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Landrette v. City of Bristol

CASE NO. 1279 CRD-6-91-8

COMPENSATION REVIEW BOARD/DIVISION

WORKERS’ COMPENSATION COMMISSION

AUGUST 19, 1993

JOSEPH LANDRETTE

CLAIMANT-APPELLEE

v.

CITY OF BRISTOL

EMPLOYER

and

TRAVELERS INSURANCE CO.

INSURER

RESPONDENTS-APPELLANTS

APPEARANCES:

The claimant was represented by David Zipfel, Esq., Serignese, Petrone and Zipfel, P.O. Box 8296, East Hartford, CT 06108.

The respondents were represented by Amado J. Vargas, Esq., Janine D’Angelo-Bracken, Esq. and Robert Cullen, Esq. of the Law Offices of Robert S. Cullen, P.O. Box 9802, New Haven, CT 06536-0802.

This Petition for Review from the August 8, 1991 Finding and Award of the Commissioner for the Sixth District was heard June 26, 1992 before a Compensation Review Board panel consisting of the Commission Chairman Jesse Frankl and Commissioners Gerald Kolinsky and James J. Metro.

OPINION

JESSE FRANKL, CHAIRMAN. The respondents have petitioned for review from the August 8, 1991 Finding and Award in which the claimant was awarded benefits due to an injury to his mouth occurring July 31, 1987. The respondents contend that the claimant failed to comply with Sec. 31-299’s requirements as to the statute of limitations as the claimant failed to give written notice of the injury to his mouth within one (1) year of the date of the accident.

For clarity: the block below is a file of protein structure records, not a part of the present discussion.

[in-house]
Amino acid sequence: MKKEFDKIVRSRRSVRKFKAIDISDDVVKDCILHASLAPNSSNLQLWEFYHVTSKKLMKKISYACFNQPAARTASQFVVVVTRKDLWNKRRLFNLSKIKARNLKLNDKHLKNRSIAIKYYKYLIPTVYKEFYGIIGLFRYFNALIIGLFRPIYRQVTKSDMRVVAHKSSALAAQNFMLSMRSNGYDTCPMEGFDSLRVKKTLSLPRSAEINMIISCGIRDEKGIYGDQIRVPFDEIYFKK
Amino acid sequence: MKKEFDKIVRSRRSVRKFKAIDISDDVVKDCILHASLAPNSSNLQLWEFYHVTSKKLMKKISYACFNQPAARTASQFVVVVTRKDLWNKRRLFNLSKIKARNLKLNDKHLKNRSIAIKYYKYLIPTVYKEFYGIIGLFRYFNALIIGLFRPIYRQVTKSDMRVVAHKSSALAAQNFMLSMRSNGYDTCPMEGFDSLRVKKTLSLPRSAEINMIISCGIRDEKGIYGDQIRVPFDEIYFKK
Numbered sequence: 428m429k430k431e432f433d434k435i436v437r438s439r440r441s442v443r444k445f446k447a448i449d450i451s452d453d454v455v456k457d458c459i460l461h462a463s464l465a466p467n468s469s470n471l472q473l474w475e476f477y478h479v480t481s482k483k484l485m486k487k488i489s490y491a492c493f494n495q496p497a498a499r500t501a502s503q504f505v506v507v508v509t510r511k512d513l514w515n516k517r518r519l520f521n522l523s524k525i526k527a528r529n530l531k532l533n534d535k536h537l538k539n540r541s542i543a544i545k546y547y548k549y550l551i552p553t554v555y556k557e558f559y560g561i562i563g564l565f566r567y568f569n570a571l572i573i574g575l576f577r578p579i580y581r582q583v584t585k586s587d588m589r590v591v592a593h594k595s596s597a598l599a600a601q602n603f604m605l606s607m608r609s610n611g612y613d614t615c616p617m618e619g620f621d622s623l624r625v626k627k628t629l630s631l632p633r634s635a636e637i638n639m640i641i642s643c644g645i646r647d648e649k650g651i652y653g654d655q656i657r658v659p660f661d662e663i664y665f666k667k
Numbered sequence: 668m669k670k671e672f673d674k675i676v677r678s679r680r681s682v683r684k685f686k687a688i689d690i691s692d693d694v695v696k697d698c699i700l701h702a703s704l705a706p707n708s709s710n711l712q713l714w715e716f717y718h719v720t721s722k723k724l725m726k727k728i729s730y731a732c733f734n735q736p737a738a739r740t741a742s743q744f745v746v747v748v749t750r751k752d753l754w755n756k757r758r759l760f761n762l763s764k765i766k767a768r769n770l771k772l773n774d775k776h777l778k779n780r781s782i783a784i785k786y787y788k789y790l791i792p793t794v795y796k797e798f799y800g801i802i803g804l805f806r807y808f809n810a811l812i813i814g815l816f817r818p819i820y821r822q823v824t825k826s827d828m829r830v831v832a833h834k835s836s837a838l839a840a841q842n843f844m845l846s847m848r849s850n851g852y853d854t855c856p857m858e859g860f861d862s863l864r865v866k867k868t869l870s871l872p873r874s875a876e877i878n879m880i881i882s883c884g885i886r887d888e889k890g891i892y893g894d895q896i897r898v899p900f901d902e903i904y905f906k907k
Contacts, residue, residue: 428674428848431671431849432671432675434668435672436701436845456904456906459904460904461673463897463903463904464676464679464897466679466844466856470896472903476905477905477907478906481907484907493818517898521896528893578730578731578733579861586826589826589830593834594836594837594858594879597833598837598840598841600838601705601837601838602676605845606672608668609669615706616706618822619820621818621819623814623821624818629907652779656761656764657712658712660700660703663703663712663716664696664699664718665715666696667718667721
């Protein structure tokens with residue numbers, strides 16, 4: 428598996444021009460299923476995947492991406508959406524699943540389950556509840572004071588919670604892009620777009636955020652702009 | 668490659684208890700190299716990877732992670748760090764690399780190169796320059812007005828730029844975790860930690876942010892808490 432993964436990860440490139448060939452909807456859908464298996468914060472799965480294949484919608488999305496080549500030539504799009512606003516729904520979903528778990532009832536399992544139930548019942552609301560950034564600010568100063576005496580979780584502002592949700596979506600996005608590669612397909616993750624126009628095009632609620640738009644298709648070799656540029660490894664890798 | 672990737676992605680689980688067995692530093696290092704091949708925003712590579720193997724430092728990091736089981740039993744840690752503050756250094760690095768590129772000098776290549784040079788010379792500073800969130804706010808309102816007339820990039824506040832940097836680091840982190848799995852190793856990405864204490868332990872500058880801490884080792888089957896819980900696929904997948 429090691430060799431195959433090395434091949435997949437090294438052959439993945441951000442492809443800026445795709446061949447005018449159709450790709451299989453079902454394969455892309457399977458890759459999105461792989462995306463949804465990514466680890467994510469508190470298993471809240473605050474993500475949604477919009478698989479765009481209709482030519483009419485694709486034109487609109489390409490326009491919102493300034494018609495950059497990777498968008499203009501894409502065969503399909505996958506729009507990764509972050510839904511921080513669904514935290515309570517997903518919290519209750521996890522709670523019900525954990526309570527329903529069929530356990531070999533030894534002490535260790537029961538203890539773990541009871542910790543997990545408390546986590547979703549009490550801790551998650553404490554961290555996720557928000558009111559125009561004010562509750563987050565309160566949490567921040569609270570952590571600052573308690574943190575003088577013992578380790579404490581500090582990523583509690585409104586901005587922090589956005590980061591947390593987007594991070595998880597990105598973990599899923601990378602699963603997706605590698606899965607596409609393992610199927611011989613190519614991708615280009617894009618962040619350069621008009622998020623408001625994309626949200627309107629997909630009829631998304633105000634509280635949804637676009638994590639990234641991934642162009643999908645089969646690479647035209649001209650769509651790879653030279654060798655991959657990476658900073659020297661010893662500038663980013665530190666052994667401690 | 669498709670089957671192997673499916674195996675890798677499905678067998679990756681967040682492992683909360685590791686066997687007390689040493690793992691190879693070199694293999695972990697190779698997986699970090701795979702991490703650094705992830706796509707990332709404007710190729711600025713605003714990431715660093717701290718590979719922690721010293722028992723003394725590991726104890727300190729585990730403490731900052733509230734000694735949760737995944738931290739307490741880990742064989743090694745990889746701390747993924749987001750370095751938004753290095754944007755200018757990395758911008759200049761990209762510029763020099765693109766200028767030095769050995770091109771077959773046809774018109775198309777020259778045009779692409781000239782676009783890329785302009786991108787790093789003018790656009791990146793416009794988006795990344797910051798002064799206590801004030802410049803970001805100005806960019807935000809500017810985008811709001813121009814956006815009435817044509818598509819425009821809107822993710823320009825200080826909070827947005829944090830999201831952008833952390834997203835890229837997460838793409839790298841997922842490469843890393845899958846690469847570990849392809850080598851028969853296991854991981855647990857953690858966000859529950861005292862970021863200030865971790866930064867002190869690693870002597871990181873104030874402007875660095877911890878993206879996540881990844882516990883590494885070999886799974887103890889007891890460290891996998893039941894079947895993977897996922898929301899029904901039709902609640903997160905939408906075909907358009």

The pertinent facts are as follows. The claimant was a police officer for the respondent municipality. On July 31, 1987 while on routine patrol, the claimant was involved in an altercation with a suspect. On July 31, 1987 the claimant gave notice of the incident to the respondent. See Claimant’s Exhibit I. The Incident Report (Claimant’s Exhibit I) indicates that the claimant fell down a flight of stairs and hurt his right ankle. The claimant testified that he was treated at the Emergency Room for both his ankle injury and his mouth injury. The claimant also testified that he orally notified his employer of his claim for dental/mouth injuries.